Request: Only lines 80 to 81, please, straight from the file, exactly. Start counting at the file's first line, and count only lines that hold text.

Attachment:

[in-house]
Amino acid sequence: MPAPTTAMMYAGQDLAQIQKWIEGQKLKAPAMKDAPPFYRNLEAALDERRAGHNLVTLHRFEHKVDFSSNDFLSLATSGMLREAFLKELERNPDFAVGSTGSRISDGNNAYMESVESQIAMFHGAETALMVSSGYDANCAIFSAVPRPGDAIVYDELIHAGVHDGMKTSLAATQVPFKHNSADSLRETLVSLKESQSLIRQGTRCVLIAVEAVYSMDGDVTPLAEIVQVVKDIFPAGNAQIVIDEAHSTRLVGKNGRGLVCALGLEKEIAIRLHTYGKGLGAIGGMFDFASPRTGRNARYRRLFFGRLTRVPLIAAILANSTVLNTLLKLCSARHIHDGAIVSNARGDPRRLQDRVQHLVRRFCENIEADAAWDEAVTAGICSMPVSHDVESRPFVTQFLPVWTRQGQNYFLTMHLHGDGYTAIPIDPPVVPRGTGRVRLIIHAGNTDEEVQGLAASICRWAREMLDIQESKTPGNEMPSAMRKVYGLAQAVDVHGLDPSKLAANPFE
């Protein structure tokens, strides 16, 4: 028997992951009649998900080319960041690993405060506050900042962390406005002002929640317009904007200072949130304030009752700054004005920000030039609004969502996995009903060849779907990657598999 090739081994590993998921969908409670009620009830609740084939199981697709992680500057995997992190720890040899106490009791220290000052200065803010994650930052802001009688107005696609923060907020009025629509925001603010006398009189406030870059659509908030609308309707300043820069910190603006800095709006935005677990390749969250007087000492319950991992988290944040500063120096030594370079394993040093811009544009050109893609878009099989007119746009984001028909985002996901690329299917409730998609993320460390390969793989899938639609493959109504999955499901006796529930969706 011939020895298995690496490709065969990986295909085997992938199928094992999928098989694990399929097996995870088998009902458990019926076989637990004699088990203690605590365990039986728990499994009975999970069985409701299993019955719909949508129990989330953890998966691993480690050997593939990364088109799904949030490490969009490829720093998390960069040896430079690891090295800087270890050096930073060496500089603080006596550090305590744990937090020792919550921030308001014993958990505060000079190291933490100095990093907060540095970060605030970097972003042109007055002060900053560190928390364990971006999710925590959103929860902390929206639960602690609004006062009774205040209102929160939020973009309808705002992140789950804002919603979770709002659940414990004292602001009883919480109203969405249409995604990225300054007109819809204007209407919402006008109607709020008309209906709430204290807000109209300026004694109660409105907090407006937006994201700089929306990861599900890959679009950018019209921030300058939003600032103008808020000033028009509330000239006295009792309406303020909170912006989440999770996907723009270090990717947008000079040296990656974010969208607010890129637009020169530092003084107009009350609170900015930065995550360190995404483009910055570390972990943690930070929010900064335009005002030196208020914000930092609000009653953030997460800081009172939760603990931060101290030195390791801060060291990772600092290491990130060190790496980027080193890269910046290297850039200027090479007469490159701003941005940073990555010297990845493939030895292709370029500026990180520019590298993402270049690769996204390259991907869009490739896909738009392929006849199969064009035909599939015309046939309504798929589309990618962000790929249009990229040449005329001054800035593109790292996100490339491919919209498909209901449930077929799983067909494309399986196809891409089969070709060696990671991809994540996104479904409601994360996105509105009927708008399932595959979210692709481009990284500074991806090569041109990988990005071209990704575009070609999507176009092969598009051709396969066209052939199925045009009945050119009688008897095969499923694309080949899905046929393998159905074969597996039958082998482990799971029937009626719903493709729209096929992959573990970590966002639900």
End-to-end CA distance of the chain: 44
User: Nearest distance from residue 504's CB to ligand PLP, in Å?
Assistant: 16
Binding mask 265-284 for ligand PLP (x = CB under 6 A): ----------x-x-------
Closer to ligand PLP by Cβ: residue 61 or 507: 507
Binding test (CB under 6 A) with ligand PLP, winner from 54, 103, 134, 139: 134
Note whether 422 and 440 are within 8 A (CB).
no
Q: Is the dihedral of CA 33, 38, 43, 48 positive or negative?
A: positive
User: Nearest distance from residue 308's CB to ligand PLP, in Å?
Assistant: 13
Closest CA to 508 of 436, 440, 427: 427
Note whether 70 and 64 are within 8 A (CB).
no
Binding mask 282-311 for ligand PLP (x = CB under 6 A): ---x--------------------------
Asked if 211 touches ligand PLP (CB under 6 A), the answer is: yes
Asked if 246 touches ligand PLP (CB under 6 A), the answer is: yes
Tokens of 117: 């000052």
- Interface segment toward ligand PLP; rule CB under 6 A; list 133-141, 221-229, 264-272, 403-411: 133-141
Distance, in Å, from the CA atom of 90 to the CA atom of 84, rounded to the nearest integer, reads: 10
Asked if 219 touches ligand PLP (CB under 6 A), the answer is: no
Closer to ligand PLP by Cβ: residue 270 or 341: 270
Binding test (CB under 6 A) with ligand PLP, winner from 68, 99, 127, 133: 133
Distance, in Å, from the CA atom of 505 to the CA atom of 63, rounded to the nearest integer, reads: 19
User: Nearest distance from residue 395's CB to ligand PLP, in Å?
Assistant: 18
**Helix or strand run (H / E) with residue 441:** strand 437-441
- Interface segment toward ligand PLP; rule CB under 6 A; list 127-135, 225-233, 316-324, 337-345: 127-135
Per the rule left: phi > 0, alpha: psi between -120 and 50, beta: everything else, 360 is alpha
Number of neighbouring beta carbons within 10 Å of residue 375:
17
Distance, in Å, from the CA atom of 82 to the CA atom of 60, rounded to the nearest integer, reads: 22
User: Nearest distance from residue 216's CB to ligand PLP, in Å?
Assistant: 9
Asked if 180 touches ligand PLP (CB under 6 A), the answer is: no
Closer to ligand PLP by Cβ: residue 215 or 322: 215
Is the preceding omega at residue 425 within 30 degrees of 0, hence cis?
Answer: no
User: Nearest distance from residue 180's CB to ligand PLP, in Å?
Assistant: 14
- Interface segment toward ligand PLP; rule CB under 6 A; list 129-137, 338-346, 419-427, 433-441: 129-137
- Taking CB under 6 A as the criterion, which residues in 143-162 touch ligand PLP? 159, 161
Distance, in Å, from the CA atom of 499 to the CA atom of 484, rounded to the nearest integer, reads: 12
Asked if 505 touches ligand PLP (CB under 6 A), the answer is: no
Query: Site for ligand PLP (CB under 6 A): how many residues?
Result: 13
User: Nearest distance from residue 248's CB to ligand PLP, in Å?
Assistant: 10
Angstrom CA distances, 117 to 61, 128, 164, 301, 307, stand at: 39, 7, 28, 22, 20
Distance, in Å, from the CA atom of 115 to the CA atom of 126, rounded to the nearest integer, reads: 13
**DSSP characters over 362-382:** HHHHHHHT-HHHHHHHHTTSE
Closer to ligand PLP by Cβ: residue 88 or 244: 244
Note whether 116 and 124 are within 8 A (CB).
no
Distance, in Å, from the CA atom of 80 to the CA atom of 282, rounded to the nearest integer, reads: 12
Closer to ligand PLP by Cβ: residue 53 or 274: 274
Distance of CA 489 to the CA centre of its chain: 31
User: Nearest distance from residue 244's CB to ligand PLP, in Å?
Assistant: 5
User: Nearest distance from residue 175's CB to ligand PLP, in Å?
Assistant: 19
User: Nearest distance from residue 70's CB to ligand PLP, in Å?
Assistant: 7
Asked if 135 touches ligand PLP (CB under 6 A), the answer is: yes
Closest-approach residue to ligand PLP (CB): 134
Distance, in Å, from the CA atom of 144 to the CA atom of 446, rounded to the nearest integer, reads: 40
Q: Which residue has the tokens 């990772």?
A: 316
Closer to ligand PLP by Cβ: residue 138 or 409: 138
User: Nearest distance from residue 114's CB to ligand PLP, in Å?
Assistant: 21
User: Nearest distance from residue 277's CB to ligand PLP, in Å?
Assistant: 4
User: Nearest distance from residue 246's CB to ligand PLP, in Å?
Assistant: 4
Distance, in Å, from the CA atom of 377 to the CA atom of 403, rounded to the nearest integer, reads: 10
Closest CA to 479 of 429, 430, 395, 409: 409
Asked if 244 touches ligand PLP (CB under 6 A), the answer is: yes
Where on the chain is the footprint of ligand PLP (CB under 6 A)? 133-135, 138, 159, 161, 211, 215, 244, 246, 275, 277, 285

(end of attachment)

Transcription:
Distance, in Å, from the CA atom of 377 to the CA atom of 403, rounded to the nearest integer, reads: 10
Closest CA to 479 of 429, 430, 395, 409: 409